There I was on my knees in the straw, trying to resuscitate a lamb. About five years ago, my chance of bringing that lamb back from the brink of death was roughly 50%. However, since heeding a cattleman's advice, I've boosted that to at least 90% for the births where I've assisted ewes.
This night was no different. The ewe was in distress. I already helped her deliver a large lamb stuck in the birth canal. Then she presented with a second lamb, but it was all wrong. Instead of coming out with two front feet and the nose, the little lamb had one front foot and the nose. We were missing a foot. So, I reached into the horn and found the foot cocked back at the knee. I gently turned the lamb, moved the little foot forward and started to pull. The lamb came out covered in fluid and was unresponsive.
Many sheep and cattle producers have their own ideas of what works when trying to save a lamb. Some swing the lambs to relieve fluid buildup. But four years ago, while attending a cattle grazing conference, a beef producer explained how he resuscitates calves. He noted that for one thing, hanging calves to get fluid out does no good. In fact, it makes it more difficult for the calf to breathe by forcing its organs down on its chest. He added that the fluid that does come out is from the stomach, not the lungs, so it doesn't help.
He explained that it is better to have the calf sitting up in a frog-legged position — both front feet bent and under the chest and back legs pointed forward alongside the body. In this position, both lungs can get air equally. He noted that it was important to extend the neck forward to open up the airways. It mimics the lamb actually standing.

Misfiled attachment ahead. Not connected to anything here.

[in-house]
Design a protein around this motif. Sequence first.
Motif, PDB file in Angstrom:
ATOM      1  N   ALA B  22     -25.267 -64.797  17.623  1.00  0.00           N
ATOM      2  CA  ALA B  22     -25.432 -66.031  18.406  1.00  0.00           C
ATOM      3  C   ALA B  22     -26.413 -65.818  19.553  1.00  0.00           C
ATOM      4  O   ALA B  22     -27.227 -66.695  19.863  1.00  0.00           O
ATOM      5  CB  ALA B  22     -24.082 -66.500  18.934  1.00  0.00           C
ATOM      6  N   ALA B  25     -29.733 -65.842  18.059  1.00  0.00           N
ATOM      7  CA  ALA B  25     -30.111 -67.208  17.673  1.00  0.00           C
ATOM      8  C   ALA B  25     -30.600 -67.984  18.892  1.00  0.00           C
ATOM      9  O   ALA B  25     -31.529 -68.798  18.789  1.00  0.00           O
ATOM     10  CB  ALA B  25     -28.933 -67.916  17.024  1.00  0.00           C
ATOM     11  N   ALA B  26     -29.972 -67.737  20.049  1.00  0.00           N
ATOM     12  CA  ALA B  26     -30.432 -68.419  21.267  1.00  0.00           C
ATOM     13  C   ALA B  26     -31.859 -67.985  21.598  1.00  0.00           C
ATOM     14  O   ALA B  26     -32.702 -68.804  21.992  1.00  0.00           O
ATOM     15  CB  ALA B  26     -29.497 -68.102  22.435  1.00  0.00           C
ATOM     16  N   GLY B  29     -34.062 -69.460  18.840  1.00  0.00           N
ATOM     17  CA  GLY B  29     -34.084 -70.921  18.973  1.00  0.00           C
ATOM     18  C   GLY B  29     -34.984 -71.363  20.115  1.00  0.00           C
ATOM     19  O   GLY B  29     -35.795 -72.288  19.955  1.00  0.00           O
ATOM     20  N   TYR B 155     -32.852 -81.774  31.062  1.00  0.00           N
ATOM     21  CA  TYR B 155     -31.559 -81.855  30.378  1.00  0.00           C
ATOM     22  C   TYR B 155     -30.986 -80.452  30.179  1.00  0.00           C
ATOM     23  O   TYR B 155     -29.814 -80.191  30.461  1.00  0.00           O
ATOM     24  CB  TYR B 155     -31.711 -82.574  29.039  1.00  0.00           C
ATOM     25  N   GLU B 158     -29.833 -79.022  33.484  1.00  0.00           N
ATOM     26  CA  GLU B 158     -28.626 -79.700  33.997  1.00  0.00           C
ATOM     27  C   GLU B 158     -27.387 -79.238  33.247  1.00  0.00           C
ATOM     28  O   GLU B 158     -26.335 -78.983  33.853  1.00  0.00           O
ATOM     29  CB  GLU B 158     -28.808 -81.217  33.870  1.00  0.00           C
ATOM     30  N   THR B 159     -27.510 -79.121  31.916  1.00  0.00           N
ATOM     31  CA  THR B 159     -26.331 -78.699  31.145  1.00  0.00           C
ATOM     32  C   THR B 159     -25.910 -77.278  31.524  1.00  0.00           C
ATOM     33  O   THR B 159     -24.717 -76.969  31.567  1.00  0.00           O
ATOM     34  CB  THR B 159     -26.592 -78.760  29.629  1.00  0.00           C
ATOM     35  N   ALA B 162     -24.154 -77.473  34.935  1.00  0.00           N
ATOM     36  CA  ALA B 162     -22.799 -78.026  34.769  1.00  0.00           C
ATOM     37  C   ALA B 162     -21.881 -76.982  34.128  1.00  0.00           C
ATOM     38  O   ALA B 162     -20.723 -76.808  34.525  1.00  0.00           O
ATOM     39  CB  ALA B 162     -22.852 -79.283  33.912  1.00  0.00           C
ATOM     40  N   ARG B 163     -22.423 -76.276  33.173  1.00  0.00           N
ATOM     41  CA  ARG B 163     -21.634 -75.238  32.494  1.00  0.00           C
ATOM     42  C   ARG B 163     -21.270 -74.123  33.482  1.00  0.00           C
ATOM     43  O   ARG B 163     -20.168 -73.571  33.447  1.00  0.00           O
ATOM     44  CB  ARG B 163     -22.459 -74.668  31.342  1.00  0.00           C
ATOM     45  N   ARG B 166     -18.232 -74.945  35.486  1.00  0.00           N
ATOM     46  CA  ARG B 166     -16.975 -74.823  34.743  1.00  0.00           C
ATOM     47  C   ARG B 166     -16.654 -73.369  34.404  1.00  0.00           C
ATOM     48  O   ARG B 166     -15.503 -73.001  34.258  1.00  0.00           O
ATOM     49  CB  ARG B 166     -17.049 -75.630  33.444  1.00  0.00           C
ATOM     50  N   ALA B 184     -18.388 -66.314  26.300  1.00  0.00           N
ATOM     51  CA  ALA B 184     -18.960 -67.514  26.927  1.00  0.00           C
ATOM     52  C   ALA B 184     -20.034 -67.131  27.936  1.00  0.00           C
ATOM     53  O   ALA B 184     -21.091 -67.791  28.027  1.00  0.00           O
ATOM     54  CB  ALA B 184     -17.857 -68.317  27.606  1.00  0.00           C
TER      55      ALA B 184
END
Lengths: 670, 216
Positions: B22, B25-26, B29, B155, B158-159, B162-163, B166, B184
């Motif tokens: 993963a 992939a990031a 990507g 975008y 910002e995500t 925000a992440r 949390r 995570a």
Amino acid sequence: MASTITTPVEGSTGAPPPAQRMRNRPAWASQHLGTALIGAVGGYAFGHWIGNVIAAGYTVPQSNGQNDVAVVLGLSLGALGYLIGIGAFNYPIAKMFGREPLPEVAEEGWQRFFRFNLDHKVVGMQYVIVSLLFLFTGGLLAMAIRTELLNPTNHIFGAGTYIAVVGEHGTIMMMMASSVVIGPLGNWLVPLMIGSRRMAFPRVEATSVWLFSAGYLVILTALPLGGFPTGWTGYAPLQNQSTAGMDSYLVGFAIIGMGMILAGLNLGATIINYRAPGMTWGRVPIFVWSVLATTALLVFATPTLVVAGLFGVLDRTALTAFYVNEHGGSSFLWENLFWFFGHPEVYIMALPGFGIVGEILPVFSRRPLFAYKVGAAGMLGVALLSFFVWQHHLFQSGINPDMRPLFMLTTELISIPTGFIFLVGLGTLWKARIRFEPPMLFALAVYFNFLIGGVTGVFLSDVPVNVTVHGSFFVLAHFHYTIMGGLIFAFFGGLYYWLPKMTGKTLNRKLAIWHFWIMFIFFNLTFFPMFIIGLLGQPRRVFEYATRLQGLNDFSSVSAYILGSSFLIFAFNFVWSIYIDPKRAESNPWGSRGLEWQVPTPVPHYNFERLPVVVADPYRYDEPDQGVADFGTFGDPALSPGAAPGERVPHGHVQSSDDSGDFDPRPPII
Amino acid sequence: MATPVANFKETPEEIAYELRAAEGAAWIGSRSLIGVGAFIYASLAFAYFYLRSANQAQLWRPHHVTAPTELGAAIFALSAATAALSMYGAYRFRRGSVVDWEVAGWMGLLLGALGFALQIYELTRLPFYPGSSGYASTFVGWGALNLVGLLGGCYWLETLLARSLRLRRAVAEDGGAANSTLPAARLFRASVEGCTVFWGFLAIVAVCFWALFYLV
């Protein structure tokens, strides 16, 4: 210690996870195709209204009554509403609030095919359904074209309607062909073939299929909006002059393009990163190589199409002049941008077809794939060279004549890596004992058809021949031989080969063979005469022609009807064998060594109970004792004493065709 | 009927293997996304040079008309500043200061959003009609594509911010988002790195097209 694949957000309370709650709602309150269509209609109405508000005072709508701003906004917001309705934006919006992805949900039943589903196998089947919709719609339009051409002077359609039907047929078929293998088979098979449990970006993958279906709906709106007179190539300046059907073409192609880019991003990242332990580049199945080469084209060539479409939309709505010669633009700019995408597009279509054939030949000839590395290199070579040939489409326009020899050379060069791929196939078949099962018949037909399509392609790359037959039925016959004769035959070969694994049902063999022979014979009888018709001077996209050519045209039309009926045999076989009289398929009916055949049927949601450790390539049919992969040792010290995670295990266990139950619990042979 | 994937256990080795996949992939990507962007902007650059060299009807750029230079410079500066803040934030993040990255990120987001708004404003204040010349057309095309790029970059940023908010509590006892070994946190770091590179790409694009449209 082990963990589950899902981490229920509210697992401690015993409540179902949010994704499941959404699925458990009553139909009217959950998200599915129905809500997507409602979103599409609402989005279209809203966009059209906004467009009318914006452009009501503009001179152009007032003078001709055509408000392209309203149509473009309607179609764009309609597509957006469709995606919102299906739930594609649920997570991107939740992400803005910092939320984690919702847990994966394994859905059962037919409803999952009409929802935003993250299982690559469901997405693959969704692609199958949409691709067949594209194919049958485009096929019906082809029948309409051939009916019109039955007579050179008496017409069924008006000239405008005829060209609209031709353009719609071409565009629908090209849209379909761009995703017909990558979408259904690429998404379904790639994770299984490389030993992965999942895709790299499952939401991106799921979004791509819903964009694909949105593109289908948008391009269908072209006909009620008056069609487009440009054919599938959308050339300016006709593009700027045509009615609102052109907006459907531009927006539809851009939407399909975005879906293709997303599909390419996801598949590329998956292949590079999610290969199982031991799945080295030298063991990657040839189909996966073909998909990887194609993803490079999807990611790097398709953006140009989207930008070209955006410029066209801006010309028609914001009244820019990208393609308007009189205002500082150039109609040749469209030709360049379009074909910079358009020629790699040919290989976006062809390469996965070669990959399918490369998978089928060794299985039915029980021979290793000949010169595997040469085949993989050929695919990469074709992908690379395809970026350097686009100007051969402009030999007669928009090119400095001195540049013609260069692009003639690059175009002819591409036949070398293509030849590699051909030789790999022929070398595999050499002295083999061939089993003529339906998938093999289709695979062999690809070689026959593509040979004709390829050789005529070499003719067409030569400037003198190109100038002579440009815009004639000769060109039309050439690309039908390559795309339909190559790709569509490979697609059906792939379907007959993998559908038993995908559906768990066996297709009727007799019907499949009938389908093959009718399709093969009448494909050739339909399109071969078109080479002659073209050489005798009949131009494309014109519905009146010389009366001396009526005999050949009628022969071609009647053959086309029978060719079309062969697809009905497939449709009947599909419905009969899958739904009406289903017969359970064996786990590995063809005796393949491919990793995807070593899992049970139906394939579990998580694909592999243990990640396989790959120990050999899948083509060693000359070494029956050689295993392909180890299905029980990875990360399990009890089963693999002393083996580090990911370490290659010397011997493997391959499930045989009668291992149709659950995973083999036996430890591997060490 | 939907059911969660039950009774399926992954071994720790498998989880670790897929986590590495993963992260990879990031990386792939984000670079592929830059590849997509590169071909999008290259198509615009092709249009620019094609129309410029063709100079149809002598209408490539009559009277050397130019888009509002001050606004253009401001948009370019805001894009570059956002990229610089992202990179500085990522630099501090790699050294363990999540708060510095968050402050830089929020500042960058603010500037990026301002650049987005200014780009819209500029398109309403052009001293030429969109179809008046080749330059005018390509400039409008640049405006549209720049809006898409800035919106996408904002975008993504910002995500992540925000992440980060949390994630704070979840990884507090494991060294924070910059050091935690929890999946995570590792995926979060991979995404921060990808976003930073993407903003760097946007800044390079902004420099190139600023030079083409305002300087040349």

It was a lightbulb moment for me. Now, I had been one that would allow a lamb to lie on its side while I cleaned it off, never realizing that I was not helping open up the airways. I would rub excessively while the lamb lay there, to no avail. Some made it; others did not. So I thought the cattleman's advice was worth a try.
I shared the process with my husband, and that year we began doing this one simple animal husbandry tip. On the farm economic side, we both believe it has changed our survival rates. On the personal side, my husband no longer has to watch me walk away in tears because I couldn't save one. He no longer has to answer that one question I repeated over and over: "Could I have done something differently?"
Now we use a cattleman's method during any assisted birth, knowing that we have done our best to revive a lamb.